Friday, January 9, 2009

Thanks, Robert Frost

I am up in the middle of the night because my inner clock is all messed up from traveling half way around the world this week. So since I can't sleep, I thought I would blog. I have had a lot of time to think these past two weeks - traveling to Bountiful by myself for my dad's funeral. There have been many thoughts on overload. A certain poem keeps coming to my mind, maybe because of my dad's passing, or maybe just because I have been thinking of the frailty of life and the power of forgiveness. Please read "Thanks, Robert Frost" Every time I read it something inside breathes a sigh of relief. Someday I might have someone read it at my funeral, that is how much it means to me. After you have read it, I would like to hear what you think of it - its meaning, its significance to you. Maybe you will hate it. I want to hear that too. I just think this poem brings up some topics that are almost too difficult to put into language. What do you think?


ljanlyons94 said...

Deep, but yet true. If we have hope for the future we have to have the past. No matter how imperfect that past may be. Hope for the future that in our times of human fraility that we did not place to big of a burden on those that we love the most. This is a poem to be pulled apart over and over because I think it will have different meanings at different times in our lives.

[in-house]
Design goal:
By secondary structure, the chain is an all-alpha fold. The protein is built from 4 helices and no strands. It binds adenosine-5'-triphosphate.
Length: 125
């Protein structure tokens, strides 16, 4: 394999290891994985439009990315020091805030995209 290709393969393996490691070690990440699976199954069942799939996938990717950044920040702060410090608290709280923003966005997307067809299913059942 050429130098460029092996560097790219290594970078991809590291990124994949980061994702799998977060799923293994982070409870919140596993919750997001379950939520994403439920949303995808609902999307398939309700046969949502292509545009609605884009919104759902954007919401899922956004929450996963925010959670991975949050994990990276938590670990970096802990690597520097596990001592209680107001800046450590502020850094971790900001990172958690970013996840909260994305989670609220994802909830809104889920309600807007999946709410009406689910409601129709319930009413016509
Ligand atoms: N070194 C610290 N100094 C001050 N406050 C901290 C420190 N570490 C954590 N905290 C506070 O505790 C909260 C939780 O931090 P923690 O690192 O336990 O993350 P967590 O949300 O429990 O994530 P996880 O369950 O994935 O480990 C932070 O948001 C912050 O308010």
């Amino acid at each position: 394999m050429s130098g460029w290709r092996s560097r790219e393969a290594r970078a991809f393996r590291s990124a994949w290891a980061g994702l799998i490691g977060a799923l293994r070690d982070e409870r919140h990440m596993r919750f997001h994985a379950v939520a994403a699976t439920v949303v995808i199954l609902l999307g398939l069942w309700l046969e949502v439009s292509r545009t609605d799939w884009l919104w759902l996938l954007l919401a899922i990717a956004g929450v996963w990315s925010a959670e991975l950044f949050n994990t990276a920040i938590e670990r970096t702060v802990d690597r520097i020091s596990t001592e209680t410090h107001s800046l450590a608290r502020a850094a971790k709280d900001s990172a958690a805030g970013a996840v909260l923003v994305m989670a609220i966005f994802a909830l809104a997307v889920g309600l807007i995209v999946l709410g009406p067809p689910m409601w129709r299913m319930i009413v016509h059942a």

adrienne said...

I tend always to be hopeful and optimistic about the future and fairly sanguine about the past. Mostly, I have a short attention span for worry and sadness. So I too, have hope for the future & hope for the past! I'm afraid that my short attention span makes me look at things slightly less deeply than I sometimes should--but at least I can't really remember, much less dwell on the problems of my past!

Speaking of Robert Frost, Here is one of my favorite of his poems:


O hushed October morning mild,
Thy leaves have ripened to the fall;
Tomorrow's wind, if it be wild,
Should waste them all.
The crows above the forest call;
Tomorrow they may form and go.
O hushed October morning mild,
Begin the hours of this day slow.
Make the day seem to us less brief.
Hearts not averse to being beguiled,
Beguile us in the way you know.
Release one leaf at break of day;
At noon release another leaf;
One from our trees, one far away.
Retard the sun with gentle mist;
Enchant the land with amethyst.
Slow, slow!
For the grapes' sake, if the were all,
Whose elaves already are burnt with frost,
Whose clustered fruit must else be lost--
For the grapes' sake along the all.

i like to read it every autumn & it gives me a lttle tingle of joy about the season.